February 10th, 2017 Posted by Uncategorised 0 thoughts on “Sartoria”

Now, this was a lunch that I was really looking forward to. Way back in September, the kitchen boy had booked a table here for my birthday but owing to an unfortunate series of events we had to cancel. So, with another booking finally secured, I was quite excited, as I’ve long been a fan of the chef patron, Francesco Mazzei.

The day of our lunch was a warm and sultry August Friday, and when we arrived it was very tempting to ask if we could be seated on the balcony that ran along the outer length of the restaurant; so rare to have nice outdoor seating in central London. The bar area at the front of the restaurant was pretty quiet, owing to our early arrival,  and looked so elegant and inviting that the offer of an aperitif here was too hard to turn down. And it really is a beautiful restaurant; the slick elegance is tempered with homely, rustic touches that remind you of the importance of what you are about to eat.

After a couple of drinks, namely Bellinis and Aperol spritz, we made it to our table and perused the menu, ably assisted by various members of staff. And at this point I should mention that the staff are part of what made this meal so memorable; some really interesting characters, who make you feel they are passionate about what they are doing.

It was pretty hard to choose from the menu, as I wanted pretty much everything,  but for our starter I chose the Battuto di Manzo Scozzese, which in English translates as Black Angus beef tartare with pickled truffles and anchovies, while the kitchen boy went for the Burrata d’Andria. This was Burrata, the creamy centre of a mozzarella, with Torpedino tomatoes, smoked aubergine and basil. I can’t really say more than that they were both quite delicious and left us even more expectant of what our main course could offer.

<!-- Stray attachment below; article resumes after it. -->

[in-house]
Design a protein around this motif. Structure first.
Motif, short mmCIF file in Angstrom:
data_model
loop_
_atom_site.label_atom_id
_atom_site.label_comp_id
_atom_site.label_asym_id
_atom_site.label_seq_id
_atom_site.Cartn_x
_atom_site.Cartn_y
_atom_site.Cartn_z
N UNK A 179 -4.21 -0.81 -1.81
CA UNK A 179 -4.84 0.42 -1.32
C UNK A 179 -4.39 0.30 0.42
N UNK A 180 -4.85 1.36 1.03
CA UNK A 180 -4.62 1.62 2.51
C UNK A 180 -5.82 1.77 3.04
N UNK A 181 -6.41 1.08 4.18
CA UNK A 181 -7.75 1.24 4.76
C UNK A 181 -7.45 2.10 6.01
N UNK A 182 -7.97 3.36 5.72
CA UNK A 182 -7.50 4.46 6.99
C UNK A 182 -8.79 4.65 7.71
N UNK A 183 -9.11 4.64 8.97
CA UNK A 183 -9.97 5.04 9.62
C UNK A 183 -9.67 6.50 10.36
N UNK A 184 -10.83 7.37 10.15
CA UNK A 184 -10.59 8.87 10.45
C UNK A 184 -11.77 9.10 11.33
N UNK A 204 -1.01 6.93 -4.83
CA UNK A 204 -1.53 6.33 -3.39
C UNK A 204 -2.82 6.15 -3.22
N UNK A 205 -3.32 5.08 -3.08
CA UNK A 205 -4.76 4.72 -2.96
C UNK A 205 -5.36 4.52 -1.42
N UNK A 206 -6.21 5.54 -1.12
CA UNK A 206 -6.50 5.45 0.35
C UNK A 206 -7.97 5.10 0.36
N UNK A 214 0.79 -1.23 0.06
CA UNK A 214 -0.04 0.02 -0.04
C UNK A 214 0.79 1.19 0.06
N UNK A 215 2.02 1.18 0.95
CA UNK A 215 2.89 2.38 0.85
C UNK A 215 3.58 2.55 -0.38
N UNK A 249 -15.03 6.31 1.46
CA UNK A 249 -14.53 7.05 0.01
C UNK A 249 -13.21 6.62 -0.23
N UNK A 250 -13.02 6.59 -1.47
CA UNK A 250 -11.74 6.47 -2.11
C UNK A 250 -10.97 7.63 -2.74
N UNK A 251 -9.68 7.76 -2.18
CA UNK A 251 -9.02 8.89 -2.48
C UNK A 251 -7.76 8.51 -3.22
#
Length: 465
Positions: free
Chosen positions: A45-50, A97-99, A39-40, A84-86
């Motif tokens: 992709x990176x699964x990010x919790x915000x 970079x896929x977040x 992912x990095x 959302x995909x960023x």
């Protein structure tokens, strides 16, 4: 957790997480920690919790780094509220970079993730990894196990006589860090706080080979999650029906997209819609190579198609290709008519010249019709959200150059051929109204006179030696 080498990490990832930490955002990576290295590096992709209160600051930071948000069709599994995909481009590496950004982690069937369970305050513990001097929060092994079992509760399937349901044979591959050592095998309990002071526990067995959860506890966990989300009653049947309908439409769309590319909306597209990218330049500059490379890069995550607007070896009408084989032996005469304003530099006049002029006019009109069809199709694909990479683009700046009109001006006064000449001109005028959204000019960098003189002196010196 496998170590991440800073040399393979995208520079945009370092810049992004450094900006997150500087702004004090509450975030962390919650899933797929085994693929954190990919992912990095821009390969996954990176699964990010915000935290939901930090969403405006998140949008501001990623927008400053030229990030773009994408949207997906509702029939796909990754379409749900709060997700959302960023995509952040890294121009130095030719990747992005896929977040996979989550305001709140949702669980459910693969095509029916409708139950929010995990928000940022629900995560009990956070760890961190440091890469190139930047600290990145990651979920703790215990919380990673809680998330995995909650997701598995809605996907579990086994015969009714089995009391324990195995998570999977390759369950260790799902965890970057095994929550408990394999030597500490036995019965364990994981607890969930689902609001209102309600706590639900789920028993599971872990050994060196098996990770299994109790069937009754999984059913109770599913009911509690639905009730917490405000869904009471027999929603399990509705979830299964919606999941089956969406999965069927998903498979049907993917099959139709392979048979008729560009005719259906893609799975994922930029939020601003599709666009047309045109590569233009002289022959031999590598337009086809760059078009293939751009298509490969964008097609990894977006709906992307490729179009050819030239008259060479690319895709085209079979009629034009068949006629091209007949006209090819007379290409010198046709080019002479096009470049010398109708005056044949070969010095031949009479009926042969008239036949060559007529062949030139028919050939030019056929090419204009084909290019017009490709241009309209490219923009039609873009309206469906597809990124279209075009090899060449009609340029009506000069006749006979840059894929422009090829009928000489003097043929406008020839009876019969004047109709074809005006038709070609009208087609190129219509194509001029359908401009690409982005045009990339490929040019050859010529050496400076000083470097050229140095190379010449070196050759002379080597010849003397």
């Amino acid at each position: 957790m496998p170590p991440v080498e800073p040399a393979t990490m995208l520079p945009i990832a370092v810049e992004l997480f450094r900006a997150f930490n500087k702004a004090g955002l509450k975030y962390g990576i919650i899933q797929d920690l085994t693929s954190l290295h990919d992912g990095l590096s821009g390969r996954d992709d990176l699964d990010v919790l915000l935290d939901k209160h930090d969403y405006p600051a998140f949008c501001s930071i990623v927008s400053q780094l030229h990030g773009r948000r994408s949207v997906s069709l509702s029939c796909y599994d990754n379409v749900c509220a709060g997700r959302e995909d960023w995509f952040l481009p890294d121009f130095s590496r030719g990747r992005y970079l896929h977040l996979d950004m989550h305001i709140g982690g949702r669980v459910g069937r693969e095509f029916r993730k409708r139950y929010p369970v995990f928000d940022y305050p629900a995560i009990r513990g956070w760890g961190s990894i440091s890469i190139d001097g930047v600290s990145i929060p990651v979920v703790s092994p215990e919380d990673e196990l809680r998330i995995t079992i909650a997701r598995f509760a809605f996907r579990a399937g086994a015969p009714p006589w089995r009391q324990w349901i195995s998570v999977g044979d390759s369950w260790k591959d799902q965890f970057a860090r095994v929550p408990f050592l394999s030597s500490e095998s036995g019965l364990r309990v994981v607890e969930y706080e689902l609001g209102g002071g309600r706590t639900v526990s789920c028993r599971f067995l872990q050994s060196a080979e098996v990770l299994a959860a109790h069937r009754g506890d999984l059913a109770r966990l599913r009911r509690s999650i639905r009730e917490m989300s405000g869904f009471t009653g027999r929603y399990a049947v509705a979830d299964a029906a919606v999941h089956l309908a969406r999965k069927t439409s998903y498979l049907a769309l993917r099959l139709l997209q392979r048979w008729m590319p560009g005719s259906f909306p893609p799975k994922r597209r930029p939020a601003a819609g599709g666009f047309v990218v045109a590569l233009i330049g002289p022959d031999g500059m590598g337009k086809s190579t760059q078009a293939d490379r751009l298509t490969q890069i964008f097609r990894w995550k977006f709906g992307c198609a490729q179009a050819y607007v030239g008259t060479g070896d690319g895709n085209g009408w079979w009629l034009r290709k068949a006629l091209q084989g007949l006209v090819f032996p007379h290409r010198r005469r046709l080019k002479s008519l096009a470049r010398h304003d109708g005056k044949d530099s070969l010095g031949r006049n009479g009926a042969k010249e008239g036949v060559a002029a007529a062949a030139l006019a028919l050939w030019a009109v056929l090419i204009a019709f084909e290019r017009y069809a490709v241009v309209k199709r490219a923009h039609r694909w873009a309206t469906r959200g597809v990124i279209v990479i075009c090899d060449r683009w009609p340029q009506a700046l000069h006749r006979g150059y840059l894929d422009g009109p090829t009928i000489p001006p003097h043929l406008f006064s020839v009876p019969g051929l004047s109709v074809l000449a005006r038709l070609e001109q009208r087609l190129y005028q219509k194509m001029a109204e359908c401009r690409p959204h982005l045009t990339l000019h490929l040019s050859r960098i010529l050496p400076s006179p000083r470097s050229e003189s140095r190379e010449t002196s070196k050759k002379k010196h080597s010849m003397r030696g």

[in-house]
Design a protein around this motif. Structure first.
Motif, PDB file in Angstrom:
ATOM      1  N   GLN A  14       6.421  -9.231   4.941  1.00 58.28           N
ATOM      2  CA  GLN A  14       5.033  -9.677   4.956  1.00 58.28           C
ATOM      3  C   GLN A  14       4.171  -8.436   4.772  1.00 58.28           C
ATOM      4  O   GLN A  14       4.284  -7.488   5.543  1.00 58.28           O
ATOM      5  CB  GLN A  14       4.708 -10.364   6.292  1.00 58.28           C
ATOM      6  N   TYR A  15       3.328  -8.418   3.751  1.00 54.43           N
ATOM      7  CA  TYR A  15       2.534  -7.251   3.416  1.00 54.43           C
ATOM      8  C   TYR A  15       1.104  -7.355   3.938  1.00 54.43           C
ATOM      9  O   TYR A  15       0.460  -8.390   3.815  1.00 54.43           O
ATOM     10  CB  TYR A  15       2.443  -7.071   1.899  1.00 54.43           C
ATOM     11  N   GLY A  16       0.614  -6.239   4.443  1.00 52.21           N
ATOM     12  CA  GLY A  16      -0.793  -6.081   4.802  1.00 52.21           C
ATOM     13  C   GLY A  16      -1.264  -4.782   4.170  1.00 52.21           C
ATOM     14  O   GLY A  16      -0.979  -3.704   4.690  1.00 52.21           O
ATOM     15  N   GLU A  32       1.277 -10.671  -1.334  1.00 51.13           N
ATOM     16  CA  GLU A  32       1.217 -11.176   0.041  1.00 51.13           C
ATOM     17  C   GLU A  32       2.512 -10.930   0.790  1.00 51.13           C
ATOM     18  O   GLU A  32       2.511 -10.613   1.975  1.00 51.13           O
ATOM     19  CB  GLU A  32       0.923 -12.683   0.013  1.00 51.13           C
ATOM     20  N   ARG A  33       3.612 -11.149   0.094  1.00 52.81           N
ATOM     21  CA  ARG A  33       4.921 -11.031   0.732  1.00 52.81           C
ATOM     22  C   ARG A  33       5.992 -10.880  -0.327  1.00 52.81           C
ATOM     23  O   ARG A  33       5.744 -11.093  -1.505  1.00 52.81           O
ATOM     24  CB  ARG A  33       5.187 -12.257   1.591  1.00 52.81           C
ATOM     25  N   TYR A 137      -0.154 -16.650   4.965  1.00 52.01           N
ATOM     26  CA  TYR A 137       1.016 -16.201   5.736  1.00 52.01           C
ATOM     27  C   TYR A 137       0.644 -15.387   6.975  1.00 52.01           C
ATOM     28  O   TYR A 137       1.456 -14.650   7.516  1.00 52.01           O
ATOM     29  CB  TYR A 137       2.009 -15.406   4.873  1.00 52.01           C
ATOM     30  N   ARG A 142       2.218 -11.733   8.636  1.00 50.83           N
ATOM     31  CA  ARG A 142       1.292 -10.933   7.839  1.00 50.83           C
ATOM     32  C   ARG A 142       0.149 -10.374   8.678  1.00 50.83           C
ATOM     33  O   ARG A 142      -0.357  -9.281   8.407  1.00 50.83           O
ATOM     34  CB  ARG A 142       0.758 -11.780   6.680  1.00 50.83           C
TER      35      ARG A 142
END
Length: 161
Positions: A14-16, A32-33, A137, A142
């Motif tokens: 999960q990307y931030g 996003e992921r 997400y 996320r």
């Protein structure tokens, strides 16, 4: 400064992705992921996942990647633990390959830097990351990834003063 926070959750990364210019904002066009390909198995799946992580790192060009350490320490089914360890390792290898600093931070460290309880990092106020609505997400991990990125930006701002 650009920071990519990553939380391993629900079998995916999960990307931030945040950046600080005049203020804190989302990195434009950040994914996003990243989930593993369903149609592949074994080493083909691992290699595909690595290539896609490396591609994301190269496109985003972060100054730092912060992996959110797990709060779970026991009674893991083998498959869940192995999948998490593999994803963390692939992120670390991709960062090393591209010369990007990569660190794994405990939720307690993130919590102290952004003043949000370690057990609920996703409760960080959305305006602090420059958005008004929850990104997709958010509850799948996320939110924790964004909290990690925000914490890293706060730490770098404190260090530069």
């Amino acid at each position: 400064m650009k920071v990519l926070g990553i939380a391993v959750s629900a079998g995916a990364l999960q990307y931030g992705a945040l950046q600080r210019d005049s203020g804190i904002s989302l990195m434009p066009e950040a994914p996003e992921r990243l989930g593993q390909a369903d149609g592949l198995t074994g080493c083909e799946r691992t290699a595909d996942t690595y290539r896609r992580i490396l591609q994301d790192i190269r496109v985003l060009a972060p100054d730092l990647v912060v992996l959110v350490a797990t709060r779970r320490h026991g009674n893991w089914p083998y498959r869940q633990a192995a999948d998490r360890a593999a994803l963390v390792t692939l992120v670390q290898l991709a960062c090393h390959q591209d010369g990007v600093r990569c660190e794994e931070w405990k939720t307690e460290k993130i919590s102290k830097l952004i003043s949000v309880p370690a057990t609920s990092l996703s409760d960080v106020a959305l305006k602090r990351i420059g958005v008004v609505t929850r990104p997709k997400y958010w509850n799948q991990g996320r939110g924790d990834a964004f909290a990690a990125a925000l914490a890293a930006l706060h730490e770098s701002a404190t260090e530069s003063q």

For my main, I opted for the special of the day which was skate wing rolled and stuffed with a prawn and courgette mousse, served in a bisque with prawns and clams. Kitchen boy chose the Tagliata, a classic Italian dish of rare beef sliced and served with rocket and parmesan. The skate was fabulous, a voluptuous dish of perfectly cooked fish complimented by a delicate mousse and a gorgeous, rich bisque. The tagliata was juicy Black Angus beef that did exactly what it said on the tin. Both our dishes were crowned by a towering pile of Zucchine Fritte, fried courgette shoe string fries, that we ordered as an accompaniment. A truly satisfying meal so far and all the better for the very nice bottle of Orvieto that we drank with it.

As we were looking at the dessert menu I received an emergency phone call and we had to leave in rather a hurry. However, I can assure you that both the phone call and our lack of dessert were resolved to a happy conclusion, and although I cannot comment on the dessert menu, it did all look rather good.

I can’t wait to go back to Sartoria; it was very memorable, the fine dining end of Italian cuisine that would be the perfect place to go to for a celebration or special occaision without being uncomfortably formal.